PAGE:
Tag Archives: Rails

Typeahead.js, Elasticsearch and Rails!

Recently for a project I was required to take a list of keywords and make an auto suggest feature. Typically, this can be achieved through some simple but crude sql.

Since the project already required Elasticsearch, all the records were already neatly indexed for me. (minus the keywords) Additionally, the project was developed in Rails so I already had the benefit of the elasticsearch-rails project. With that in mind I got started…

Creating an Analyzer

The first step was to create an analyzer in Elasticsearch for our typeahead column. Creating new analyzers is pretty straightforward with the elasticsearch-rails gem. The “keyword” data we were getting was not checked for errors, so in our case we wanted the analyzer to lowercase everything to reduce the suggestions later. Example if there were searches for “Cats” and “cats” in our keywords we didn’t want to return two suggestions.

Creating a mapping

Now that the analyzer is setup, a mapping can be created. Within the mapping an index is created that uses the keyword info, but this is where it get’s kinda goofy. Elasticsearch wants this data to be structured in a hash with the key of “input” which in turn contains an array of the different keywords. See the example below for more details. The final thing to note is that the index is assigned our “typeahead” analyzer that was created above for both index analysis and search analysis.

Querying suggestions

Now that both the analyzer and mapping are setup, the data can be re-indexed and a query can be run. The following will run a “suggestion” query within the elasticsearch-rails gem. Note: the “text” key is the search term, while the “field” that is being searched on is the keyword_suggest field that was defined in the mapping above.

If all goes according to plan, our model should be returning keyword results in the format below…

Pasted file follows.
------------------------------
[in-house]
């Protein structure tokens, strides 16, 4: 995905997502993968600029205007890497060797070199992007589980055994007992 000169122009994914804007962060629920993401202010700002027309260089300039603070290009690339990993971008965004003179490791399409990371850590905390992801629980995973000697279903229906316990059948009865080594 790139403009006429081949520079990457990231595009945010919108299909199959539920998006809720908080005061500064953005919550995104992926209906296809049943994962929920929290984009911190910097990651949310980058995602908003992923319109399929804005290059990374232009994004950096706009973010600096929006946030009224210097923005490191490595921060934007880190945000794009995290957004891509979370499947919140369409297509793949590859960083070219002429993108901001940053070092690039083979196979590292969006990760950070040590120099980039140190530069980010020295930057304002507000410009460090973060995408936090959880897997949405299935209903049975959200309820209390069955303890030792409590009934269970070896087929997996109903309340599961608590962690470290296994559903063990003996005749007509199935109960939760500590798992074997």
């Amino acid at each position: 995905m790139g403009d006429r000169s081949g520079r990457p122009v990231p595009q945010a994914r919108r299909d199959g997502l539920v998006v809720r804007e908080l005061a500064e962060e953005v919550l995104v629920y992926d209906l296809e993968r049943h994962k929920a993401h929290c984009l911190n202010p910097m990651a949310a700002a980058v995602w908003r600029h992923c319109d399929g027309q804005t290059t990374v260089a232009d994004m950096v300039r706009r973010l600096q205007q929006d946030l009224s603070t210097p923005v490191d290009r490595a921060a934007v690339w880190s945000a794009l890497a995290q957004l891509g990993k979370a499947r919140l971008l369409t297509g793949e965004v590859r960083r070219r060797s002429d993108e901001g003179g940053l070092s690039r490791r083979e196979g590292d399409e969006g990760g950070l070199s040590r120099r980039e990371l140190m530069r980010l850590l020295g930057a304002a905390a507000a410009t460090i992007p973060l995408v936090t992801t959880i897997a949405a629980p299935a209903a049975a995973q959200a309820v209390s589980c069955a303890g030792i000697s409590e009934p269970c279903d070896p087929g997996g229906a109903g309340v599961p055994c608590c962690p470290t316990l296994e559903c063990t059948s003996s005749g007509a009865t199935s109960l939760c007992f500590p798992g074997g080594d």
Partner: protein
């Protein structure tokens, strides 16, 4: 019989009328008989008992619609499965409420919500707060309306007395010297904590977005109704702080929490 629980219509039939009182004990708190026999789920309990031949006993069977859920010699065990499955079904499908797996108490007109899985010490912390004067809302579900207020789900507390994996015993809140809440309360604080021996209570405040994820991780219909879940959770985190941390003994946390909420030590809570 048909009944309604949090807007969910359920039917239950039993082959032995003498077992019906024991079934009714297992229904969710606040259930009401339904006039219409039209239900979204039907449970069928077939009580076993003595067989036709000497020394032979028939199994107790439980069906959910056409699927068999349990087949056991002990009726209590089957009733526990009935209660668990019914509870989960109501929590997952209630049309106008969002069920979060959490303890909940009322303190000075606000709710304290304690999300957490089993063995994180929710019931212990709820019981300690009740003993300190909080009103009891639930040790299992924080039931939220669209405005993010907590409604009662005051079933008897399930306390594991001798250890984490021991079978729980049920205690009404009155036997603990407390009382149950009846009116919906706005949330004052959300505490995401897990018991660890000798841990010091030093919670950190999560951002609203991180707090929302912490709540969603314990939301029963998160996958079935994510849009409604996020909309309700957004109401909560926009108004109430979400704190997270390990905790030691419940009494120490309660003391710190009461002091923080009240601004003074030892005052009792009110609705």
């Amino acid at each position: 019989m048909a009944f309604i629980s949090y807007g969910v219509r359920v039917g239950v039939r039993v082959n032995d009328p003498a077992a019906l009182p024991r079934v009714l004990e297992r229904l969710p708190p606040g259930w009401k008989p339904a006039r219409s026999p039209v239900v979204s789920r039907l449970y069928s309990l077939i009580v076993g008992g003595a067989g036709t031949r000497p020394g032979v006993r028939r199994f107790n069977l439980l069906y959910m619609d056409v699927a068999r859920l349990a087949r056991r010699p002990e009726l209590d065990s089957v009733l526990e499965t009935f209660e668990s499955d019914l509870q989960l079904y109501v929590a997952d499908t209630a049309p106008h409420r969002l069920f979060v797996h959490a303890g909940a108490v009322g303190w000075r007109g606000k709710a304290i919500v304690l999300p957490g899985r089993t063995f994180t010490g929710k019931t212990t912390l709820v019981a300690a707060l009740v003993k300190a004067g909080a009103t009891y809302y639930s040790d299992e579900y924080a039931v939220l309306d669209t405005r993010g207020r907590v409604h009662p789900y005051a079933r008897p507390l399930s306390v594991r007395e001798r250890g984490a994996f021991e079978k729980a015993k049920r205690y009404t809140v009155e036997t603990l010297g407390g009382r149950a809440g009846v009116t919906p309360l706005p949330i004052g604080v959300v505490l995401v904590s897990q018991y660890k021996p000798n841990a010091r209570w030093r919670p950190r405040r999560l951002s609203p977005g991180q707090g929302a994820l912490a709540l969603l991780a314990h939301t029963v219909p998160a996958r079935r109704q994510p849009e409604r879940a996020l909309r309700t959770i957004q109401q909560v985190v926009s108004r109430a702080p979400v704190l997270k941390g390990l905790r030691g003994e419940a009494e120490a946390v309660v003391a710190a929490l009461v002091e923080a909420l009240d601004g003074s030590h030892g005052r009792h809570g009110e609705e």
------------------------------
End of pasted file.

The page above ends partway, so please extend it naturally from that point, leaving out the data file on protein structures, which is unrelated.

Controller time

The controller to return json from the model is dead simple.

Displaying the results

Now that the controller is returning suggestions as json, it’s time to wire that up to a user interface. The project was using the popular Bootstrap framework. With version 2.3.2 there was a JavaScript plugin for typeahead functionality. However, this plugin has been removed as of 3.x in favor of using the typeahead.js library from twitter. It turns out, with a little effort typeahead isn’t that much more complicated to setup than the old bootstrap plugin.

First, an input tag is defined. Make sure that the autocomplete attribute is set to “off” so the native browser doesn’t kick in with it’s suggestions.

Typeahead.js uses an engine called bloodhound to make ajax calls as you type. It has some intelligent caching features and makes consuming that data pretty hands off. Once a new bloodhound object is created, the initialize() method must be called to finish the process.

Now that the bloodhound engine is setup, the input tag can be selected and typeahead will wire everything together. One thing to note, the “displayKey” setting is telling typeahead which key to use from our hash values within the array. In this case “text” is the key that should be used.

Going out with style

The last thing that I did was add a bit of custom styling to the typeahead box.

Overall I was pretty impressed by the solution. It look less than a couple hours to setup and was pretty fast and responsive. When considering a typeahead option for your next project give Elasticsearch a spin!

COPY millions of rows to Postgresql with Rails

ActiveRecord is great when you need to quickly access and manipulate a few rows within a database. Loading records into a database is just as easy… Seed files and custom rake tasks make inserting records a breeze. But what happens when you need to import lots of rows. To clarify, when I say lots of rows, I’m talking about millions of rows from a delimited text file.